1 I dont want to be "that person" but I guess I will be. If the individuals on the runway were "supposed" to be there (however I cannot get myself to understand why) then wouldn't this be a situation where those involved assume the risk of injury or (more than likely) death in the event something happens? In which case its similar to some idiot on YouTube (presumably that is what this video was) doing something stupid?
-I understand that this is an aircraft and not some kid on a BMX, but still.

2. Why would there be people on the runway during a stunt show? Assuming that this was some type of performance....Whomever gave those two permission to be there should also be held accountable for this mess.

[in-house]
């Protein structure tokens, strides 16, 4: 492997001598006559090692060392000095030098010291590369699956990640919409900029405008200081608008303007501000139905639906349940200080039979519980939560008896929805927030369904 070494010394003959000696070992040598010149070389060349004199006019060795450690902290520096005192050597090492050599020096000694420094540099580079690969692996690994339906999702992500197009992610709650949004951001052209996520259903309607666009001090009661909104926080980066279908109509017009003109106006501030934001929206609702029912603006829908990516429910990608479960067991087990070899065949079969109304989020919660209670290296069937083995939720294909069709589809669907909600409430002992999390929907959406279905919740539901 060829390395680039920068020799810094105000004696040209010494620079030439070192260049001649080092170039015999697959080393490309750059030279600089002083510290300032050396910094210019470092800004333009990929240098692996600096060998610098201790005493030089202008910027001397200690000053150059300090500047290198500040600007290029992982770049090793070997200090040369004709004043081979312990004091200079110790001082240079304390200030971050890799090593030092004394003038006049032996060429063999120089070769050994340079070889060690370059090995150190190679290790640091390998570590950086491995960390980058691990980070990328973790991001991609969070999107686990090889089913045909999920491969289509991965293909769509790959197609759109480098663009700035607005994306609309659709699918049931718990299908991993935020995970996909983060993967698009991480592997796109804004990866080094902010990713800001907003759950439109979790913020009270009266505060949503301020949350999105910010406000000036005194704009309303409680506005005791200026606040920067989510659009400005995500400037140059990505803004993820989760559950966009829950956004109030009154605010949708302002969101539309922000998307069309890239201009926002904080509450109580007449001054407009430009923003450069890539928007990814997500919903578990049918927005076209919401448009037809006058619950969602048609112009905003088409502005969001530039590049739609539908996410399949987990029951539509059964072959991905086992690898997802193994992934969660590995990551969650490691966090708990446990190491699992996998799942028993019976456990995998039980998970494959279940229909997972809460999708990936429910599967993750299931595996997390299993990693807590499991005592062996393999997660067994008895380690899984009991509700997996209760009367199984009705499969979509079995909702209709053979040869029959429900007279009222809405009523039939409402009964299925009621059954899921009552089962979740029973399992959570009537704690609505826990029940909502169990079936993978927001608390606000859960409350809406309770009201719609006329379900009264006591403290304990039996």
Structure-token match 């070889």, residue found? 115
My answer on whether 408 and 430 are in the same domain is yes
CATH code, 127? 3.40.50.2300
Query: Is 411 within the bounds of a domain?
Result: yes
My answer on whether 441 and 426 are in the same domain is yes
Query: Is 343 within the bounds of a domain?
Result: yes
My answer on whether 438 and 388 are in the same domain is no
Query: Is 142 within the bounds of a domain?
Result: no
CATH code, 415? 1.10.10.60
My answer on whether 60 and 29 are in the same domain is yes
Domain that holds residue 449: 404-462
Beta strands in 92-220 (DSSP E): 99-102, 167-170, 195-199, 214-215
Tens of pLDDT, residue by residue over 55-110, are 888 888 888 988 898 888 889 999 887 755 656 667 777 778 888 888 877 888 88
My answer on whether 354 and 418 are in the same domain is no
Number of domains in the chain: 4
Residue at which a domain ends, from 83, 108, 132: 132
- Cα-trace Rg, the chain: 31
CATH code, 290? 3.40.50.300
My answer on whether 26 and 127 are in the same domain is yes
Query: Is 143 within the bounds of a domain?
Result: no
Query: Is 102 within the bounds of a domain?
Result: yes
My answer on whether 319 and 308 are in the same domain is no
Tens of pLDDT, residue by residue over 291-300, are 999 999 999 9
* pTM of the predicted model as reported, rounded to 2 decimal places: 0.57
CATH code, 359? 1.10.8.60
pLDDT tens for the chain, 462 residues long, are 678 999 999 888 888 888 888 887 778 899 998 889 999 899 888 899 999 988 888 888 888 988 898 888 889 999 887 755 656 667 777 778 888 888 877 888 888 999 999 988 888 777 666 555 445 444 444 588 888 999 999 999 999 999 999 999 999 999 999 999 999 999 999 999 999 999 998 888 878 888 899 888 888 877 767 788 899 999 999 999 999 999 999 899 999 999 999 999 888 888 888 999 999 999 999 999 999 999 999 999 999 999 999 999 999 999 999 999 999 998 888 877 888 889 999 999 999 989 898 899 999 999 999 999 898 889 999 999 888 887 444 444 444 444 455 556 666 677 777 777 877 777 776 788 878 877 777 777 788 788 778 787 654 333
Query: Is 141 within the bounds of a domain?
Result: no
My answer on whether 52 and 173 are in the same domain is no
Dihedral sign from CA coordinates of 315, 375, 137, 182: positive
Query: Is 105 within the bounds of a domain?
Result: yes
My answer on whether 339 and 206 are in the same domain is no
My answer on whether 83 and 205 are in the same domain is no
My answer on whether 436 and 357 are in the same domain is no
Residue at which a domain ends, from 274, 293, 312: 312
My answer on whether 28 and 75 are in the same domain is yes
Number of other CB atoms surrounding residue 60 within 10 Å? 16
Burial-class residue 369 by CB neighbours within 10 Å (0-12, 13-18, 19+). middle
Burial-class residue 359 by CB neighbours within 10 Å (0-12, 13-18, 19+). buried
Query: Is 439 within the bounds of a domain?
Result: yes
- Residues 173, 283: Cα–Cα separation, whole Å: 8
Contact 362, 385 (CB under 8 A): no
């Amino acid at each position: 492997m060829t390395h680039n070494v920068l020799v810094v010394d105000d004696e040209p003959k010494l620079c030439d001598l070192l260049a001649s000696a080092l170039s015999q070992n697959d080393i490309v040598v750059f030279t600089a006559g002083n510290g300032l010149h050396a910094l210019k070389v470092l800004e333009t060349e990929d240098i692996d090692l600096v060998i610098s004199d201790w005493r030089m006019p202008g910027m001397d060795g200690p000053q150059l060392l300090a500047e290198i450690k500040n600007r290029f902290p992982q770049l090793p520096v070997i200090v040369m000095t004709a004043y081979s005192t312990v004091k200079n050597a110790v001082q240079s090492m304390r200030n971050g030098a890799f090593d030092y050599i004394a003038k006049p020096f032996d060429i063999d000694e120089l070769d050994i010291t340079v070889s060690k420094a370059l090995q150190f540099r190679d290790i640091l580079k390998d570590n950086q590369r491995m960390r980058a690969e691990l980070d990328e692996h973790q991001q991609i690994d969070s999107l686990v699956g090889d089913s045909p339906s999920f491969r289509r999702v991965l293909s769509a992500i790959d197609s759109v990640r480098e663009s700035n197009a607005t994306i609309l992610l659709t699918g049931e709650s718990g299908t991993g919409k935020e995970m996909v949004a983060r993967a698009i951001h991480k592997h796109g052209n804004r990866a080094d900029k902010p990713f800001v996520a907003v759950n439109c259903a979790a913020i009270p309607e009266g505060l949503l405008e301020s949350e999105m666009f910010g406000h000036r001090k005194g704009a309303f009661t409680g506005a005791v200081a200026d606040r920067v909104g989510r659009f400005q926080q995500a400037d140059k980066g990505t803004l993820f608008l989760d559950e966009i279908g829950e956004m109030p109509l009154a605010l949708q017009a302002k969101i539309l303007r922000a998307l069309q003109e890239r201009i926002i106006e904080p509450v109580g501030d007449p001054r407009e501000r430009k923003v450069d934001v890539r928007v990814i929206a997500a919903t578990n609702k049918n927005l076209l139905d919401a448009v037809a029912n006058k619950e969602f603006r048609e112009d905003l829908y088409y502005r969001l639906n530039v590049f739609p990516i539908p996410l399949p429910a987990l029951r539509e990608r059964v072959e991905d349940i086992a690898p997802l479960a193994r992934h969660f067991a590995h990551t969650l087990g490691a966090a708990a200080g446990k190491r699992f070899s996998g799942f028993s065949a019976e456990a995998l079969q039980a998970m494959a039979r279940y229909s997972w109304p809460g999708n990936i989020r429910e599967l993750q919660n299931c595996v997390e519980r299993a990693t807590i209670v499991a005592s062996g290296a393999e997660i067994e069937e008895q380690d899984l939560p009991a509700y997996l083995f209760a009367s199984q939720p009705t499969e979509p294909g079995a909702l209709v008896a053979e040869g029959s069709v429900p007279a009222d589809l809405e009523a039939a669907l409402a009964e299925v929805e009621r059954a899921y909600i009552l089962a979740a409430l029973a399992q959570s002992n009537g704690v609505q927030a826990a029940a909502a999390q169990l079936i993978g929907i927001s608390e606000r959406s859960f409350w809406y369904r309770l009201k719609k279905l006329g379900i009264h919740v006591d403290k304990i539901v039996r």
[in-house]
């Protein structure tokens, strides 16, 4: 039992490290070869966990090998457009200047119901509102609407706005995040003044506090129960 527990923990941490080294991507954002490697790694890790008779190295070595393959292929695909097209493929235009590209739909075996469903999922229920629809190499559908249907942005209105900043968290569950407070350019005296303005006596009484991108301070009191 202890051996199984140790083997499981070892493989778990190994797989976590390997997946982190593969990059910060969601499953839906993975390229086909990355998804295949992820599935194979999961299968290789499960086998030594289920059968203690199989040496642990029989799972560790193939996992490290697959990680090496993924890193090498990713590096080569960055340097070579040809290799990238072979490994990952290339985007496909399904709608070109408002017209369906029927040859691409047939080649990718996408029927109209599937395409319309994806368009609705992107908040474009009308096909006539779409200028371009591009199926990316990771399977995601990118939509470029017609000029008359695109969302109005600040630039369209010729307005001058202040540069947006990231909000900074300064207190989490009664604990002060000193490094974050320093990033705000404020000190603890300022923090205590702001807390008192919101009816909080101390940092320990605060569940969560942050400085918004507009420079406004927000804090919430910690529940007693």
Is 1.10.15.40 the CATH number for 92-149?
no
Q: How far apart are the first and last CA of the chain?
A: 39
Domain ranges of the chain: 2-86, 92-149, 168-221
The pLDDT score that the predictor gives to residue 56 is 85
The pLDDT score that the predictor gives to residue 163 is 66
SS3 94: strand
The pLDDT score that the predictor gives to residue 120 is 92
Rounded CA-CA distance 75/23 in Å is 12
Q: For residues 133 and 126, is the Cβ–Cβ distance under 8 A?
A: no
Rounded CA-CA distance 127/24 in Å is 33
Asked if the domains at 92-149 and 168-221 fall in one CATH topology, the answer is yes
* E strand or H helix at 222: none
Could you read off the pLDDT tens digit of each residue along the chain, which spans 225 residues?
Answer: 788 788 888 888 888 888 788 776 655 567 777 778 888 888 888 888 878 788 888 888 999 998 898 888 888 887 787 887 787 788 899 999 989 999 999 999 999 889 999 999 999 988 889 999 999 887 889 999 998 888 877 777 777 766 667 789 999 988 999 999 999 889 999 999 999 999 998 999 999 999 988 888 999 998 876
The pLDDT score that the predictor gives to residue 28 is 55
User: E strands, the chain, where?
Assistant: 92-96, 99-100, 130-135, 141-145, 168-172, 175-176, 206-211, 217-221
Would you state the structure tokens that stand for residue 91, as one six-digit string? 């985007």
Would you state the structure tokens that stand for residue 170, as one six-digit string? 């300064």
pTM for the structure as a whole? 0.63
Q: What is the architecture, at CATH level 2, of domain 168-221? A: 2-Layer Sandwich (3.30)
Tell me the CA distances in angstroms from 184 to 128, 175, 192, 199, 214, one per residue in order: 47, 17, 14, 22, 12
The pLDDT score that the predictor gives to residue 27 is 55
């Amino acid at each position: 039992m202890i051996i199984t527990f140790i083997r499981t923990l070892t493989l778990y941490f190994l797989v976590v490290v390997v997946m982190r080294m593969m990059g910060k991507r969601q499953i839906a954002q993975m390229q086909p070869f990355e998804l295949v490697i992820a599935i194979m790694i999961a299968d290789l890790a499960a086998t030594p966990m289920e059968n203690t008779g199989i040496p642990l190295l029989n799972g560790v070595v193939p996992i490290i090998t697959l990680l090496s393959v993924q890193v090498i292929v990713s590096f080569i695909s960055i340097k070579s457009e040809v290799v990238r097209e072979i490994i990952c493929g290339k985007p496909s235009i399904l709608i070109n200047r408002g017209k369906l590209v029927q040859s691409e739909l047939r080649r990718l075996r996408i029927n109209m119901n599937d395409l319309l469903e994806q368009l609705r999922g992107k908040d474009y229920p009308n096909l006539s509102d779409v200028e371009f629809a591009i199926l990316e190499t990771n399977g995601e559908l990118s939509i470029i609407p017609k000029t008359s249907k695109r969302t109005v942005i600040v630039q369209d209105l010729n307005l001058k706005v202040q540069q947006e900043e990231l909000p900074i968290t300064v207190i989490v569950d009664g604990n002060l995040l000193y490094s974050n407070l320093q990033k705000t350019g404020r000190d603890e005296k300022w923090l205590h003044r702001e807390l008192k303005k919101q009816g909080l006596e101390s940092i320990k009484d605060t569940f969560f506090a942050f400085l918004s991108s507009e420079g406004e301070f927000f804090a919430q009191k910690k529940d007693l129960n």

Again, I DO NOT AGREE with this stupid move. Just in this screwed up world you never know what may transpire.


User currently offlinebobdino From Australia, joined Jan 2013, 69 posts, RR: 0
Reply 6, posted (1 year 2 months 3 weeks 5 days 4 hours ago) and read 14742 times:

Quoting kpitrrat (Reply 5):
Again, I DO NOT AGREE with this stupid move.

That's totally cool. Since you weren't involved, it's not got much to do with you.

Quoting kpitrrat (Reply 5):
Just in this screwed up world you never know what may transpire.

Actually, you can figure out what may transpire. You can die horribly, but quickly, when you get sliced up by a propeller. You can die in a fireball as the airplane explodes after making contact with the ground. You can have your head caved in by the wing of the airplane. Not too hard to work out what might go wrong.

And yet, one can consent to risky activities, in the belief that the risk/reward profile makes it worth it. Lots and lots of good people died turning aviation into the relatively safe activity it is today.